Wednesday, 01 November 2017 15:55

Meb Keflerzighi's Best Marathoner Performances in U.S. history

The top 26.2-mile performances by the greatest marathoner in U.S. history.

Meb Keflezighi’s run in this Sunday’s New York City Marathon will be his 26th and final competitive marathon. Since he debuted at the distance in 2002, he’s built a resume unmatched by any American. While he’s undoubtedly had many memorable moments on the road over the course of his career, below is our ranking of the five best of his many great marathons.

What these performances have in common is that they came in races where Meb felt he had something to prove. Keep that in mind as we look ahead to Sunday. Many people may expect Meb to go through the motions on a 26.2-mile valedictory run, but after knowing Meb for more than a decade and working with him on his 2015 book Meb for Mortals, I think he’ll place no worse than fifth, if for no other reason than to cap his career with a final reminder to never, ever count Meb out.

New York City, 2011 (6th place, 2:09:13)

This at-the-time PR was the beginning of Meb’s remarkable late-career resurgence. He considered retiring earlier in the year after being dropped by long-time sponsor Nike, but instead became Skechers’s first pro as the company entered the running market. Sixth place might not sound all that impressive, but it came against a stacked field on a day the course record was lowered by two-and-a-half minutes.

And get this: In the second mile, Meb felt something against his left big toe. He realized he’d left a Breathe-Right strip in his shoe that he’d stashed there because his new warmup outfit didn’t have pockets. By the end of the race, his foot was bloodied. He’d also thrown up several times in the last 10K. Despite all this, he set a PR. He then knew he had plenty more great races in him. Two months later, he won the Olympic Marathon Trials.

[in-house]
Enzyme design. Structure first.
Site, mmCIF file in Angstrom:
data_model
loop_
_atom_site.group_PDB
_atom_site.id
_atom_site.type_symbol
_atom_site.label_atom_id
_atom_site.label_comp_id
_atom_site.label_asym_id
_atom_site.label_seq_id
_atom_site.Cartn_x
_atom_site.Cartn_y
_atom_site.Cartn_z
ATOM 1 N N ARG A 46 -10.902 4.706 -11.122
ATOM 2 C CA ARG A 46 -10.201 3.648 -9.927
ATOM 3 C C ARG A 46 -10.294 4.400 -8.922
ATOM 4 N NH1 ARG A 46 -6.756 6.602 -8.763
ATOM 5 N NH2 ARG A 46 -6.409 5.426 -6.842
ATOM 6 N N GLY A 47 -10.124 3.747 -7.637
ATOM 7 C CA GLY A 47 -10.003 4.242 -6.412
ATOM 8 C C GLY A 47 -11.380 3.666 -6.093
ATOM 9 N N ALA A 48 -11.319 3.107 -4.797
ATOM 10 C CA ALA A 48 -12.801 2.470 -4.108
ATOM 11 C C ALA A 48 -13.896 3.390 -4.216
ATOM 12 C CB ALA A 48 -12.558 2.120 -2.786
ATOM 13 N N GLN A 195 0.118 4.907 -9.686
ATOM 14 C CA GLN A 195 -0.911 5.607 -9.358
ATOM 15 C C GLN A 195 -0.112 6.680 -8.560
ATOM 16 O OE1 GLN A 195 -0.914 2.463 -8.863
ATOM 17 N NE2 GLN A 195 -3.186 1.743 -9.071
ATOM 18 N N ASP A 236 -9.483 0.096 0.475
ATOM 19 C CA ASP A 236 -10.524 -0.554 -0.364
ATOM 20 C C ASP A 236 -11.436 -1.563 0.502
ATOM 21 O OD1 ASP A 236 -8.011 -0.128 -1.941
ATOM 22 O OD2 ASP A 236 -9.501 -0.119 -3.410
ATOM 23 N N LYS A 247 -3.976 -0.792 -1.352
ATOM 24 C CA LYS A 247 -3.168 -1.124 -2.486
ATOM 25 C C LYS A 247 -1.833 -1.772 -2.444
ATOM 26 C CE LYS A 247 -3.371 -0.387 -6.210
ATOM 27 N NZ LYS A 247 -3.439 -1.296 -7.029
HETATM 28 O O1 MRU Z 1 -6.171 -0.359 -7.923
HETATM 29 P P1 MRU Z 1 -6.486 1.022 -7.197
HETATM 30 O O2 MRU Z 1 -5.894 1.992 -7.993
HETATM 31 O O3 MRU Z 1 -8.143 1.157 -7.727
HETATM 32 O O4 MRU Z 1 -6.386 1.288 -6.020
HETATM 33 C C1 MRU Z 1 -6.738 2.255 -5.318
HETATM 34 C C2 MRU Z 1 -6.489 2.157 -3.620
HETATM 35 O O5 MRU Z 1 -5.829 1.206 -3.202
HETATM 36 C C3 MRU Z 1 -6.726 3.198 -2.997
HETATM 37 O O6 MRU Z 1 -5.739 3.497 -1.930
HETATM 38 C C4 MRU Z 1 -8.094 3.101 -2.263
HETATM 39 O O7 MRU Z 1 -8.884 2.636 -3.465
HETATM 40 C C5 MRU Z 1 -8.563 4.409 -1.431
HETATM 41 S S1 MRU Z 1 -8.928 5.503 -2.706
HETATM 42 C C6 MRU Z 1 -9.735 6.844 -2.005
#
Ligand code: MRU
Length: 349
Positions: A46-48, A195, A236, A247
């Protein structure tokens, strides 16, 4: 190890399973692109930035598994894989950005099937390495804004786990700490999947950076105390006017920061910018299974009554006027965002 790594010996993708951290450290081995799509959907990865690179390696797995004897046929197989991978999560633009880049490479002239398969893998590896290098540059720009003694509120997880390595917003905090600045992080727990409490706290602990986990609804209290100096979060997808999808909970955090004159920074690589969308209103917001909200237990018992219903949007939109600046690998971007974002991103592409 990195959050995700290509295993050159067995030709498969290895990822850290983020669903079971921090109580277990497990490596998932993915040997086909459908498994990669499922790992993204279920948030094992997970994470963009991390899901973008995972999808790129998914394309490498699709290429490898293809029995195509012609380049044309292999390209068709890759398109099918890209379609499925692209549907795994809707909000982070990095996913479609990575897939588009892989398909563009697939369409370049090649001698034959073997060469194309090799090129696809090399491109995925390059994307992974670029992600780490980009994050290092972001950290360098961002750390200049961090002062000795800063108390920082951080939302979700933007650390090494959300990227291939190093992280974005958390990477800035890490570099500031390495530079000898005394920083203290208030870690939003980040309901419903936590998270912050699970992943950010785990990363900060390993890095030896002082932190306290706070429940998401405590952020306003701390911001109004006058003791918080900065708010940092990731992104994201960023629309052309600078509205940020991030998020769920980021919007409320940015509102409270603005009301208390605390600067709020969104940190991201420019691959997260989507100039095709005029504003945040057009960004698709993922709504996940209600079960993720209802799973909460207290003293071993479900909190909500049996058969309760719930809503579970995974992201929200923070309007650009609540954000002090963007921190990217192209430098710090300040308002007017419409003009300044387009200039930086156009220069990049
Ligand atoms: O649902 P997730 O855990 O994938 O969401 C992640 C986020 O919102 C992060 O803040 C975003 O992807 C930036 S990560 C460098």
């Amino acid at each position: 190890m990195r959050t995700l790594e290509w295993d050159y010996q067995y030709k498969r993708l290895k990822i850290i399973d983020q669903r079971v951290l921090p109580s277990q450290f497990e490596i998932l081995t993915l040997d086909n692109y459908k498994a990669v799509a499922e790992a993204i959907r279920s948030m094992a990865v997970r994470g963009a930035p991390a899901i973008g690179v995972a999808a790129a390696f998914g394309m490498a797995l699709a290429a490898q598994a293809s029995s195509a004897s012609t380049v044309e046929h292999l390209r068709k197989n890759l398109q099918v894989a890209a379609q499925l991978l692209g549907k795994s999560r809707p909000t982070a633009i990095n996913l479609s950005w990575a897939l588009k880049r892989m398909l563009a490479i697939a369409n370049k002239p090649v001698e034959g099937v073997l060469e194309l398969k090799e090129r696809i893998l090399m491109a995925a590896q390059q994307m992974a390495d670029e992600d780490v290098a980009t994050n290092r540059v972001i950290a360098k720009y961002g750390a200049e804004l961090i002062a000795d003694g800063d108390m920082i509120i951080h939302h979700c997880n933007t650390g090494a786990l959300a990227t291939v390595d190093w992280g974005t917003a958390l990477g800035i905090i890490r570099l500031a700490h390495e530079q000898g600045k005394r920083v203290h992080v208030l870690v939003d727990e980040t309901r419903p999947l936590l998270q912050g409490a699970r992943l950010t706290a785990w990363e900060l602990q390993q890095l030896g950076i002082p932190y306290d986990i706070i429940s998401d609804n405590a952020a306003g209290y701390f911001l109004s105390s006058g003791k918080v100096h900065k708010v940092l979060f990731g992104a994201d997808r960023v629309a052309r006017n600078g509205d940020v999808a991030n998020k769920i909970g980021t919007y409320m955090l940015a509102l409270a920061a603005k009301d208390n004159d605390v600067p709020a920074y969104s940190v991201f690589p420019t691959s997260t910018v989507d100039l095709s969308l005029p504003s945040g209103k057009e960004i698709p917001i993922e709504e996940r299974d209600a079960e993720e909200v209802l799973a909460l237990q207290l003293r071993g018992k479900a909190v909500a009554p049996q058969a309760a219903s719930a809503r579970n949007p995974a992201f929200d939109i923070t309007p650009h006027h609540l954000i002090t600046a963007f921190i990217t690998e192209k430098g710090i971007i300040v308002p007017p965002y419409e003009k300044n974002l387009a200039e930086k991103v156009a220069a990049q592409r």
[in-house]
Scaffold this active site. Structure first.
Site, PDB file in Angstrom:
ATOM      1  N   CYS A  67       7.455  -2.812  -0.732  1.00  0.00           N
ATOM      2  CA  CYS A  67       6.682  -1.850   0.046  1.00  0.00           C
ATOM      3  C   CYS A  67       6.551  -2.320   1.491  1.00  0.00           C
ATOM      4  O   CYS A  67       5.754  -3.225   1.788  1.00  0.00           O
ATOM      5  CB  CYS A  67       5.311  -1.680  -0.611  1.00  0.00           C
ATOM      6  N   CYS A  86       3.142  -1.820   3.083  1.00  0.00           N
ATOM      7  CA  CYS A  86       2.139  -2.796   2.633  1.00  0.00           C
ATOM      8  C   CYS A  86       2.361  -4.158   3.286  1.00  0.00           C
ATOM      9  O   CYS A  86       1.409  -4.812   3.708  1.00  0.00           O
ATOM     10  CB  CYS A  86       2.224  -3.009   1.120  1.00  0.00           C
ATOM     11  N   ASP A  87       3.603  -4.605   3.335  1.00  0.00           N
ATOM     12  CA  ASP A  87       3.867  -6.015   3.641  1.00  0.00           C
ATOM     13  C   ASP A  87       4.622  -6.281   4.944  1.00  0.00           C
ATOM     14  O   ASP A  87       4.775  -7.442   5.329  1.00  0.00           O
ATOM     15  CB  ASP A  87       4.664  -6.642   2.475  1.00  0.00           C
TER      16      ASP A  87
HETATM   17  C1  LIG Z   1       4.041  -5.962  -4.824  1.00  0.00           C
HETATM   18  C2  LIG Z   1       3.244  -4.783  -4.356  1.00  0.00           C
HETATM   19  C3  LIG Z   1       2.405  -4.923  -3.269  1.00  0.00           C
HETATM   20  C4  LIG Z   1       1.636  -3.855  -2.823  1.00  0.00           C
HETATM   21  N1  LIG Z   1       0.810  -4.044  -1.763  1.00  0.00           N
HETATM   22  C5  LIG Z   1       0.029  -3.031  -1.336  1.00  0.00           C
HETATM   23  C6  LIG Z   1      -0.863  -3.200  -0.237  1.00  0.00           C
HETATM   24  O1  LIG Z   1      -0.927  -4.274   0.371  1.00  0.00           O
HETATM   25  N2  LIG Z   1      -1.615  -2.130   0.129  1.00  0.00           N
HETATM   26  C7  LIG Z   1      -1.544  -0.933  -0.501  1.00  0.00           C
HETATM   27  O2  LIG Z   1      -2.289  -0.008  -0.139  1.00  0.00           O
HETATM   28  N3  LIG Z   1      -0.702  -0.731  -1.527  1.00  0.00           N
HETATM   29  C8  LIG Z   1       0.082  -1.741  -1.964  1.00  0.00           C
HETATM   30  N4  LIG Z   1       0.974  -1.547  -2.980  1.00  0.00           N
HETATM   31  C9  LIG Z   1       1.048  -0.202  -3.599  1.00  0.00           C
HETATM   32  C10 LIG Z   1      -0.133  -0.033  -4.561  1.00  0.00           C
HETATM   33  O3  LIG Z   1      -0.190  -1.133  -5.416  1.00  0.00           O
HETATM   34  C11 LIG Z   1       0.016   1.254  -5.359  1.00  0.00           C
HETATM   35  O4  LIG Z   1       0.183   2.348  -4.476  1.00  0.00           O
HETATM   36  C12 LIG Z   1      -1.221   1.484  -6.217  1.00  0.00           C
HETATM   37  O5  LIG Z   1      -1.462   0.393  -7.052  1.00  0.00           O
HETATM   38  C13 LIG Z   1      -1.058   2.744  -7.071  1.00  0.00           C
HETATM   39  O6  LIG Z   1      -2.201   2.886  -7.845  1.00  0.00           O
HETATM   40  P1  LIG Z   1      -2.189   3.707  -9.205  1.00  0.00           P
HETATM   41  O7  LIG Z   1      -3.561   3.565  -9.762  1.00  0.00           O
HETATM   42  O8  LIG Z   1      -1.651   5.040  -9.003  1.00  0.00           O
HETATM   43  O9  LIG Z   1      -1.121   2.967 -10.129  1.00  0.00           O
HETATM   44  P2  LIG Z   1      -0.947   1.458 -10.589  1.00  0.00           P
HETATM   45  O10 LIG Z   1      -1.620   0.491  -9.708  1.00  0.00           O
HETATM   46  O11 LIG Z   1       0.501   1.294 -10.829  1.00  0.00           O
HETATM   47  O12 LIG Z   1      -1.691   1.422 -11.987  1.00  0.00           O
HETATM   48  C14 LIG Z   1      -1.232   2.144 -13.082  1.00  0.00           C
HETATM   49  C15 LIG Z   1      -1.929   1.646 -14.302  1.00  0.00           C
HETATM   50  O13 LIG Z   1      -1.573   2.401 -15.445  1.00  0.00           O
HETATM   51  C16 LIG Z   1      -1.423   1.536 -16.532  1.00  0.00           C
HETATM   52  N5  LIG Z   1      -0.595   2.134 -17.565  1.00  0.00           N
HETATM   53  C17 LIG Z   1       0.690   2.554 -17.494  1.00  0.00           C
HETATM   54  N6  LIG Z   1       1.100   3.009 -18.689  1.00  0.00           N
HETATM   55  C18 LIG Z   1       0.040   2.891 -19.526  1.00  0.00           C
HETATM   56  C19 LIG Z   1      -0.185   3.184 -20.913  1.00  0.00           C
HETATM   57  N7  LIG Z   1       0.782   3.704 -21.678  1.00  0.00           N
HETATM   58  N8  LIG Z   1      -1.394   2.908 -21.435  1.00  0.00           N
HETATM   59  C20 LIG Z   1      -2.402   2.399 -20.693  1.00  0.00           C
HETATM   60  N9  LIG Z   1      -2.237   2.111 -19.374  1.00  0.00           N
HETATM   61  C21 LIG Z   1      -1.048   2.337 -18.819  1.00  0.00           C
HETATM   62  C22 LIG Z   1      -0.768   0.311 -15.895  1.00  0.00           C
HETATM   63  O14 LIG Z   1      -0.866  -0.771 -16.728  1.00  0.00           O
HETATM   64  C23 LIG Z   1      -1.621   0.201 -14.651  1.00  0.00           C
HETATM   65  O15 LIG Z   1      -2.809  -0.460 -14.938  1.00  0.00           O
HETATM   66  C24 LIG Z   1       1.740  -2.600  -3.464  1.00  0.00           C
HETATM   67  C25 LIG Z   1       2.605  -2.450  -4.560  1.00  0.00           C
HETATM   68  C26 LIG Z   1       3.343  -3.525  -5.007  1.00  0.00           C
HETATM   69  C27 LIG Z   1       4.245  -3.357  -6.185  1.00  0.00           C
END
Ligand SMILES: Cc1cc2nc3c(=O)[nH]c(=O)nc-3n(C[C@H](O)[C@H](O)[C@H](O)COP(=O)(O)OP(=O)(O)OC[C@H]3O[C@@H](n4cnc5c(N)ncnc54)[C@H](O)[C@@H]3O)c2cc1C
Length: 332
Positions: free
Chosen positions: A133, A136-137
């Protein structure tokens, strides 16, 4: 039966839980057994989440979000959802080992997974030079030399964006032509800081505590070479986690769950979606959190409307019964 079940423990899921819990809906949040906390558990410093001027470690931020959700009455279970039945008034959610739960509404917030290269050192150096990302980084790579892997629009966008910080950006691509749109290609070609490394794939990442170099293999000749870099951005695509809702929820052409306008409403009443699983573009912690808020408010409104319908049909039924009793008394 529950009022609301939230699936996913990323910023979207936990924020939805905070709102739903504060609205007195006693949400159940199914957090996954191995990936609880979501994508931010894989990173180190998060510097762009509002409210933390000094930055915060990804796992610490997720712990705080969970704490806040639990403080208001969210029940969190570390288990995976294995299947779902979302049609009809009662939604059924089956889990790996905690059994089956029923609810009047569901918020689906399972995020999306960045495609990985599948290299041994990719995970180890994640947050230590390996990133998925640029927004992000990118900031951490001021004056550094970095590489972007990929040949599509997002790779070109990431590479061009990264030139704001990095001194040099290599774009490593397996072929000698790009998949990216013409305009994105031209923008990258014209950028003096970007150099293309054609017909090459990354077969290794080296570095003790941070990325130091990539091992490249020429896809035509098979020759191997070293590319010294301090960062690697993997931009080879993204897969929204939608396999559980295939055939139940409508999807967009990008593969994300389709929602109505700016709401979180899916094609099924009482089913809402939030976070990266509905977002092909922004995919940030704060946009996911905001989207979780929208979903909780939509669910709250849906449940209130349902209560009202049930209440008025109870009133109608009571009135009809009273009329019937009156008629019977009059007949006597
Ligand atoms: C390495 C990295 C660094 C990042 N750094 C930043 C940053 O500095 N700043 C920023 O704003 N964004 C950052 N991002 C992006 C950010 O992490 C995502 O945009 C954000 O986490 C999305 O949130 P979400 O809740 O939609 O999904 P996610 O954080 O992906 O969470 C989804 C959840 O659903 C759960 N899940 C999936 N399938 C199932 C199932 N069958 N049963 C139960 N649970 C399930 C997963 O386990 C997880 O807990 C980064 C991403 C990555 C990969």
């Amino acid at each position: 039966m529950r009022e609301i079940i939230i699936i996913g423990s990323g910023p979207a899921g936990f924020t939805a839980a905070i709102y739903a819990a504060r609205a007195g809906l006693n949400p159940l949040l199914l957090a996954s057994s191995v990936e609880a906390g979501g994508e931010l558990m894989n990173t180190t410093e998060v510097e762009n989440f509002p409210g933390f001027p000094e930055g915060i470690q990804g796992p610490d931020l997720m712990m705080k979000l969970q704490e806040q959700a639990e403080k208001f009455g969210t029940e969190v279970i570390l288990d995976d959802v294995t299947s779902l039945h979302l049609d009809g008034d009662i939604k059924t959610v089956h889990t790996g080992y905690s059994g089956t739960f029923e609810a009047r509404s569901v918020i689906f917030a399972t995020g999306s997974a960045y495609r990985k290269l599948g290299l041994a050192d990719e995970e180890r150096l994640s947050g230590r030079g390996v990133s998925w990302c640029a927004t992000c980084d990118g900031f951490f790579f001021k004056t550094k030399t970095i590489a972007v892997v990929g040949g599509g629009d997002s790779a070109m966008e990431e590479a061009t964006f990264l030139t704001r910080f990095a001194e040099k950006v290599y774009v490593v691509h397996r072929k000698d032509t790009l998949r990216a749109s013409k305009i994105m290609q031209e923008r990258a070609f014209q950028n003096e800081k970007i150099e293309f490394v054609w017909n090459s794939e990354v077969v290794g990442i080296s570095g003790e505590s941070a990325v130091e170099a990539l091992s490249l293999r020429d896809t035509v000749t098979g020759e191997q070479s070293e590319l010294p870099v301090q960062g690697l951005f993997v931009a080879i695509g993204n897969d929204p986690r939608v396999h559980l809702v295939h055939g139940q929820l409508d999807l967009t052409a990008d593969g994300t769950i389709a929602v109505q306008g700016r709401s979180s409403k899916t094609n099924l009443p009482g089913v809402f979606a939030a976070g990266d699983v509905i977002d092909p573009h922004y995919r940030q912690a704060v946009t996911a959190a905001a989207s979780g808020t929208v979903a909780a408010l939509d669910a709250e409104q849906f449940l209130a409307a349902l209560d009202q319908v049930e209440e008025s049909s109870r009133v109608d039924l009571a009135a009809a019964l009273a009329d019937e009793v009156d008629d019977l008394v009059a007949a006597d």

London Olympics, 2012 (4th place, 2:11:06)

Meb’s third (of an eventual four) Olympic appearance is his great unsung race. Despite being the only one in the race with an Olympic medal and New York City title, he wasn’t among the small group highlighted to the crowd before the start. Meb set off intending to prove the folly of this oversight, but soon encountered problems.

He mistakenly grabbed teammate Ryan Hall’s bottle and started having stomach problems from the unfamiliar drink. As he fell farther and farther behind the leaders, he thought about dropping out. At halfway he was in 21st place. But he resolved to finish no matter what and told himself, “Just pass one more person.” He kept doing so mile after late-race mile until, in the final stretch, he moved into fourth place, just one spot out of the medals.

New York City, 2009 (1st place, 2:09:15)

Two years before this race, Meb had perhaps the worst day of his running life. Running with what he later learned was a pelvic stress fracture, he placed eighth in the Olympic Trials, held in Central Park. After finishing, he learned his friend and training partner Ryan Shay had died during the race. Unable at times in the following weeks to even walk, he wondered if his career was over. But he built himself back from scratch throughout 2008. Wearing a USA jersey in what he considered his delayed Olympics, Meb took the lead for good with just more than a mile to go. His win was the first by an American in 27 years.

Athens Olympics, 2004 (2nd place, 2:11:29)

This was Meb’s initial “first-American-man-since” performance. In just his third 26.2, he ran with the leaders from the start and became the first U.S. male since Frank Shorter 28 years earlier to win an Olympic Marathon medal. His result and Mammoth Track Club teammate Deena Kastor’s bronze earlier in the Games rebooted American distance running by showing the value of group training and the belief that U.S. runners can take on anyone.

Boston, 2014 (1st place, 2:08:37)

Meb’s long-time coach, Bob Larsen, says the Athens silver is Meb’s top marathon. But 50 years from now, the Hollywood story of Boston 2014 is what Meb will most be remembered for. A year after the Boston Marathon bombings, running with the names of the four fatalities on his bib, Meb helped to reclaim the race for the running community with a bold front-running victory. It was the first win by an American man in 31 years.

That he set a personal record two weeks shy of his 39th birthday only added to the legend. That a native of Eritrea who embodies the American dream won when the whole world was watching only added to the poignancy and significance of Meb’s day of days.